When I went for a scan in the early stages of my pregnancy, the ultrasound tech asked me if I would like to know the gender of my baby. When she told me it was a boy, I started to weep. She immediately approached the top of the bed and held my hand, repeating the same mantra women in Israel have been telling ourselves and each other for all of time: “Don’t worry, by the time he’s 18, there will be no more war.”
What she meant was that most Israeli boys born in this nation must one day serve in the Israel Defense Forces, probably in a combat unit, and that every mother bears this burden upon hearing that it’s a boy she will bring into the world. Increasingly, women are also finding their places on the battlefield as pilots, combat doctors, medics, and in artillery units supporting the ground troops.
This knowledge can produce a kind of emotional whiplash, best described by Israeli writer Etgar Keret when asked if his infant son will serve. He suddenly imagines a “surreal world in which I saw dozens of sturdy babies swathed in environmentally friendly cloth diapers sweeping down from the mountains on miniature ponies, weapons brandished in their pink hands.”
My tears that day fell for a different reason: It had been a hard-won pregnancy, prayed over for many months. I had suffered a miscarriage in May 2021, during a previous bout of round-the-clock rocket fire directed at Tel Aviv by Hamas. I hadn’t even thought about what it would mean that my child would be a boy, only that he would be.
Israeli mothers are the shepherds of a troubled flock. It is our duty to raise smart, curious, kind boys who turn into good men, but we work against the ticking clock of an army summons. How do you cultivate gentleness in your son when you will also need him to be brave if he needs to fight?
I often look to my father-in-law for answers. Noam Tibon became a national hero on Oct. 7, when his eldest son Amir was trapped in his home with his wife and two daughters, with Hamas terrorists on their doorstep. Noam, a retired general, grabbed his pistol and, along with his wife, drove straight into battle to rescue them, saving many other lives along the way.
My husband and I sat dumbfounded that morning after receiving a text message from Amir. “There are terrorists here, they are at our house.” And then the immediate response from Noam, “I am coming.” As my husband packed his bags and donned his uniform — an army doctor, he was called into work immediately — we gave each other a look without speaking our fears out loud: His parents had set off on a suicide mission.
Noam is a trained sniper and veteran anti-terror operative, and anyone meeting him could be forgiven for thinking that this lifelong soldier would raise his boys to be warriors. Nothing could be further from the truth. He never pushed his boys toward sports or martial arts, never expected them to come up in the military units where he served. And while to the rest of the country Noam represents the strength and wisdom of our founding generation, to me he is the grandfather who showed up at my doorstep after battling Hamas on Amir’s, only to hug my child.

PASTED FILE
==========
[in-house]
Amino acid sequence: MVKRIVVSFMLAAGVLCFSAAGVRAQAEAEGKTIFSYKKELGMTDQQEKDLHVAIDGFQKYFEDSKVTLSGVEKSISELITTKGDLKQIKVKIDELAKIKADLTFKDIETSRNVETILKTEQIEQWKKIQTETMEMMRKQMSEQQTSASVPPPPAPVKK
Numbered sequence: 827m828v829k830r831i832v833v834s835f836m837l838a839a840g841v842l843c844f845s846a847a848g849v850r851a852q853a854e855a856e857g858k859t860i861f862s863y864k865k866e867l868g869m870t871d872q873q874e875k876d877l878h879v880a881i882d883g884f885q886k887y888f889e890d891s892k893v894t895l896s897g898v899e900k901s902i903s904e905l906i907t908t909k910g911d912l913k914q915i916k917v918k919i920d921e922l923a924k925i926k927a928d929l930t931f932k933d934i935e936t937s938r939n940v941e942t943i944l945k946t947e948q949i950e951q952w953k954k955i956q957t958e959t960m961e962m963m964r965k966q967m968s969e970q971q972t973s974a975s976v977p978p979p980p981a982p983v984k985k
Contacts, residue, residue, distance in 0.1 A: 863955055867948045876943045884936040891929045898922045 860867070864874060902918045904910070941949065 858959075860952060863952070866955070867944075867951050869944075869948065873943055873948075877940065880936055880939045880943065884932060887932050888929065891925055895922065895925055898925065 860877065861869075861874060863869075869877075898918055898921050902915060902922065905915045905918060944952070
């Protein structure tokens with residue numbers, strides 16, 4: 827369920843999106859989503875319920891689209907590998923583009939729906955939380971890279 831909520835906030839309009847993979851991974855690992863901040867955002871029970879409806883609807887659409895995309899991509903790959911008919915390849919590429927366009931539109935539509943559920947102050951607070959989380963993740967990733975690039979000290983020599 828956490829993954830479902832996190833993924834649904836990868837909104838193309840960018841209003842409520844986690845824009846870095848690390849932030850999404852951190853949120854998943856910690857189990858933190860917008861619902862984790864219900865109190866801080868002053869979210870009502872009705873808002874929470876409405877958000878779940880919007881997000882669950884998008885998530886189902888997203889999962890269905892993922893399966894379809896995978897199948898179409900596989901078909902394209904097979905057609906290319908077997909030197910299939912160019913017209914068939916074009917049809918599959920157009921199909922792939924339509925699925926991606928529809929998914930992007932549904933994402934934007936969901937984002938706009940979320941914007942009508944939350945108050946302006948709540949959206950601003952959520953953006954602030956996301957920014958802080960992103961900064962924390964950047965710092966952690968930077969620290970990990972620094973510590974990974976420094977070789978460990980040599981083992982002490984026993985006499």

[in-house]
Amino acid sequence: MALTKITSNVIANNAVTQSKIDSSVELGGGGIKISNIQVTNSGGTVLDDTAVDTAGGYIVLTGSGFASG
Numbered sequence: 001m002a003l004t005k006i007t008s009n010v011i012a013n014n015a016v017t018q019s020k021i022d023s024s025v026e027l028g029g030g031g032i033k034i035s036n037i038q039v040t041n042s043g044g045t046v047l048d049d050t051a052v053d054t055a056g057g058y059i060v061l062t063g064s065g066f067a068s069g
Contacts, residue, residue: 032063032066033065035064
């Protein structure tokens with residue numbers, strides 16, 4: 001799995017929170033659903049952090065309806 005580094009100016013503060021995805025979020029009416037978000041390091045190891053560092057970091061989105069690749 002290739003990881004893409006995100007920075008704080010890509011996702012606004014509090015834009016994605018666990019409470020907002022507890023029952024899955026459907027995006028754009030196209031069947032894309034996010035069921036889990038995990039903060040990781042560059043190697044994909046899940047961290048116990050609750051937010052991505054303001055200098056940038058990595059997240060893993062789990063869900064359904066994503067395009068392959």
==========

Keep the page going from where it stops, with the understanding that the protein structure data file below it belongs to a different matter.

The soldiers of this country have now been called up to exact a price from Hamas for the savagery waged last month. They have to summon their strength to fight a just war against a cruel enemy, with the awareness that many in the West look upon them with disgust and horror. And I look at my son, who is in the wild and curious and funny stage of toddlerhood, and I wonder what the world will ask of him or how the world will condemn him if he’s ever called to defend his people.
If you look at social media here in Israel, you can see in real time how our soldiers are processing what is being asked of them. There are thousands of videos of reservists returning after weeks away to surprise their families with a short break from the front lines, embracing their mothers and lifting their children into the air. Young men proposing to their girlfriends among their units, hanging “Marry Me” signs between tanks. And instead of postponing weddings, some young brides have surprised their fiances by showing up to their bases with a rabbi and a chuppah, the traditional wedding canopy, to hold the ceremony before their men go into Gaza.
My husband is a pianist and a chess enthusiast who has been trying to convince our son that Mozart is superior to Cocomelon and reads him “Goodnight Moon” several times a night. For a long time, I was reluctant to buy him shoes, enjoying the pitter-patter of his bare feet across our marble floors and also avoiding the day when he would be able to run away from us faster than we can catch him. I hope he has inherited my husband’s gentle spirit, but I see a streak of brazenness that could only have come from me.
And every day since Oct. 7 feels like an impossible choice as I hold him in our bomb shelter and whisper what feels like a contradiction: “Be safe, be brave.”
Jessica Kasmer-Jacobs is a literary agent at the Deborah Harris Agency. She lives in Tel Aviv.